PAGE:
Boxer Misael Rodríguez became a national hero in Mexico after securing his country’s first—and so far only—Olympic medal during the Rio 2016 games.
Less than a year ago, he was hitting bus riders for spare change to gather funds to qualify for the Olympics. He got the money—and on Monday he made it (link in Spanish) to the semi-finals. That’s a guaranteed bronze medal, unless he defeats Uzbek fighter Bektemir Melikuziev later today (Aug. 18) to win silver or gold in the finals.
Rodríguez had to panhandle not because Mexico is broke, but because of a power struggle between the federal agency that oversees sports, known as CONADE for its Spanish acronym, and the country’s various sport federations.
The spat stems from an anti-corruption crusade started by CONADE’s director, former state prosecutor Alfredo Castillo, last year. Alleging irregularities (Spanish), his agency cut funding (Spanish) to some of the sport federations. But the strategy hasn’t cleaned Mexico’s undeniably flawed sports system, commentators say (Spanish). Instead, it’s resulting in one of Mexico’s most embarrassing Olympic performances in years. And that’s not just because of the dearth of medals.
Weightlifter Bredni Roque had to compete in his regular workout gear, with tape covering its non-sanctioned brands, because the official uniform he received was too big. “I came out with the shame that all of Mexico would see me full of patches,” he wrote on Facebook (Spanish.)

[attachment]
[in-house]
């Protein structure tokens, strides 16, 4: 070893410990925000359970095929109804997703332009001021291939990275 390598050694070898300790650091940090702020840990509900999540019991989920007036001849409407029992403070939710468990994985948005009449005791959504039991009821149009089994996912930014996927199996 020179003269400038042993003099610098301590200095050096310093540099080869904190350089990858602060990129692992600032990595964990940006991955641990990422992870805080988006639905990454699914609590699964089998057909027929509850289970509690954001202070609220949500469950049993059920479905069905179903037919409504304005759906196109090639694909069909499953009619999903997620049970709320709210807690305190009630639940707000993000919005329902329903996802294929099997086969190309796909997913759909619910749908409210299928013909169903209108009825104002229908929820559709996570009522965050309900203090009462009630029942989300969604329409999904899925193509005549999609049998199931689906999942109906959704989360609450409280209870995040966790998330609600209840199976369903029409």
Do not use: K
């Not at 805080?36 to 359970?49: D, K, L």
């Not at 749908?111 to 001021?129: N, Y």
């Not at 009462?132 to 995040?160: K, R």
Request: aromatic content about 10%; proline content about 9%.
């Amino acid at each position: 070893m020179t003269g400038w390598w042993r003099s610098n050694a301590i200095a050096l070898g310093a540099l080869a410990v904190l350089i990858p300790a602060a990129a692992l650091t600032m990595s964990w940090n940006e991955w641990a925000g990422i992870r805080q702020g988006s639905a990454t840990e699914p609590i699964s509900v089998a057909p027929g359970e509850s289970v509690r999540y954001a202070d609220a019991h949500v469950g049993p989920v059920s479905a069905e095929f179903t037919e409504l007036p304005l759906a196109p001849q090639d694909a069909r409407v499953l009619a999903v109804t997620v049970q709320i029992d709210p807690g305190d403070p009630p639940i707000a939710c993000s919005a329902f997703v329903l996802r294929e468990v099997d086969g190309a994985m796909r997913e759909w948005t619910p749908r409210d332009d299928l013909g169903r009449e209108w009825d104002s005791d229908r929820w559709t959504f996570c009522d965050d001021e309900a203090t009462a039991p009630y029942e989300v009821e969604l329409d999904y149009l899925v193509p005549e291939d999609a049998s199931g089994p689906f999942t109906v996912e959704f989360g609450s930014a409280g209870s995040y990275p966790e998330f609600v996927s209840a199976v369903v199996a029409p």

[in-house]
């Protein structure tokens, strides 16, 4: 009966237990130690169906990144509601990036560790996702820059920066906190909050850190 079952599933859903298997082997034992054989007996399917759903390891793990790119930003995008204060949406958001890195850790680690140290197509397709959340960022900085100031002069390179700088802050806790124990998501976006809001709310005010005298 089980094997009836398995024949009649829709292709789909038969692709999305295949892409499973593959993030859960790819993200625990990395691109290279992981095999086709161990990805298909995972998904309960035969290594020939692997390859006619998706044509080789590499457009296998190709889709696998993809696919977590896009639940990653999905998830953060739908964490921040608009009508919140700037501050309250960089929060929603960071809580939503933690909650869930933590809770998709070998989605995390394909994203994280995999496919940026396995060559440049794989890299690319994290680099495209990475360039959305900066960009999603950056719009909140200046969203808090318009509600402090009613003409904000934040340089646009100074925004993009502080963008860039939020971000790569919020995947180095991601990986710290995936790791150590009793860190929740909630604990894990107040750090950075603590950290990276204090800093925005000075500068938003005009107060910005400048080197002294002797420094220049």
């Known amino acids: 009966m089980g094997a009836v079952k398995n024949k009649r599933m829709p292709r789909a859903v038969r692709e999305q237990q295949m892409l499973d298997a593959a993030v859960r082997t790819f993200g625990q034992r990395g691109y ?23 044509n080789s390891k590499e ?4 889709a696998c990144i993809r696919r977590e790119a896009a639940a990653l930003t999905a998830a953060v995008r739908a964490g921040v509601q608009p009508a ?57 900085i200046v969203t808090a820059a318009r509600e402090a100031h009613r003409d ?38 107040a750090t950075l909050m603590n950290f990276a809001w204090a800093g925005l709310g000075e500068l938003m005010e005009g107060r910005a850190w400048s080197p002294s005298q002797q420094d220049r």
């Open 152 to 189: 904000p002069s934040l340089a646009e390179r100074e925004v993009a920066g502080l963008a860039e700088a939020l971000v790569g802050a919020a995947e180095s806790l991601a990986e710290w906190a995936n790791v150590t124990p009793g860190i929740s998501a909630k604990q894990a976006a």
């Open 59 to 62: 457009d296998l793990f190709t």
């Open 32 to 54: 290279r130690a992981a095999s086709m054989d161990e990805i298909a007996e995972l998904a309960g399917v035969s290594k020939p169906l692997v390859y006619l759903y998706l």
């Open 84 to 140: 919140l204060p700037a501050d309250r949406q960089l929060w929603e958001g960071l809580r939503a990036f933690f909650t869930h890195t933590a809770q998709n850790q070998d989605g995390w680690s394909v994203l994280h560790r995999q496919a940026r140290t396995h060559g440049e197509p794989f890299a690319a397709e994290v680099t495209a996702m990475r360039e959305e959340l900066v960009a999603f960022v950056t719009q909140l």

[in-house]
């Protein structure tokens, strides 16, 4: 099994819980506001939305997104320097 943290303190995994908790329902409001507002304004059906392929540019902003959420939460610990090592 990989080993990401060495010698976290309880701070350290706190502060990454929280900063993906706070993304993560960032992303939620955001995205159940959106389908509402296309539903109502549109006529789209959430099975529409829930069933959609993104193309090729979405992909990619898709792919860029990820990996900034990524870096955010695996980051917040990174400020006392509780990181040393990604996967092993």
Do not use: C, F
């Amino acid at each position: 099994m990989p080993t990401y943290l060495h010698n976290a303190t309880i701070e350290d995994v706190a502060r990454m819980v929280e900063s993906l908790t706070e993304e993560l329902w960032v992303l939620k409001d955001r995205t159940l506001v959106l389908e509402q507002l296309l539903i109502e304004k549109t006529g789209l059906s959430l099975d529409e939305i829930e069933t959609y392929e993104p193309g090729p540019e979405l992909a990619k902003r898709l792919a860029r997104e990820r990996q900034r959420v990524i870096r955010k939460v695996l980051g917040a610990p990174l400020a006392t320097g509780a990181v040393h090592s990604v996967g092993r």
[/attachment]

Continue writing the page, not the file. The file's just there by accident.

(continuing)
Mexico’s Olympic golfer, Rodolfo Cazaubón, told ESPN he was covering his own expenses and didn’t get any help to chase after his golf clubs when they didn’t arrive with his luggage. “Without equipment, it’s complicated to compete,” he said.
More than 15,000 people have signed a Change.org petition demanding Castillo’s removal.
Castillo didn’t help himself or CONADE’s cause by showing up to the opening ceremony with a companion (Spanish) dressed in the same uniform that Mexico’s female athletes wore to the parade of nations.
Castillo has said (Spanish) his partner used the official outfit because she was representing him and Mexico.
But more mortifying for many Mexicans is the fact that the country’s sole medal winner so far had to pass around a can for donations and, according to the head of the boxing federation (Spanish), wore a uniform bought on credit to boot.
CONADE said a review of the boxing federation revealed “technical, methodological and administrative failures,” pointing out that Mexico hadn’t won an Olympic boxing medal in 16 years. After successfully stripping the boxing federation of its official status last year, it directly gave its Olympic athletes (Spanish) nearly 1.5 million pesos ($83,000), in 2016, it added.
Was that enough for CONADE and Castillo to take any credit for Rodríguez’s medal? The boxing federation certainly doesn’t think so, and said as much on Facebook.
The victorious boxer is not pointing fingers though, at least not publicly. News agency EFE quotes Rodríguez (Spanish) as saying, “Medals after begging taste sweeter.”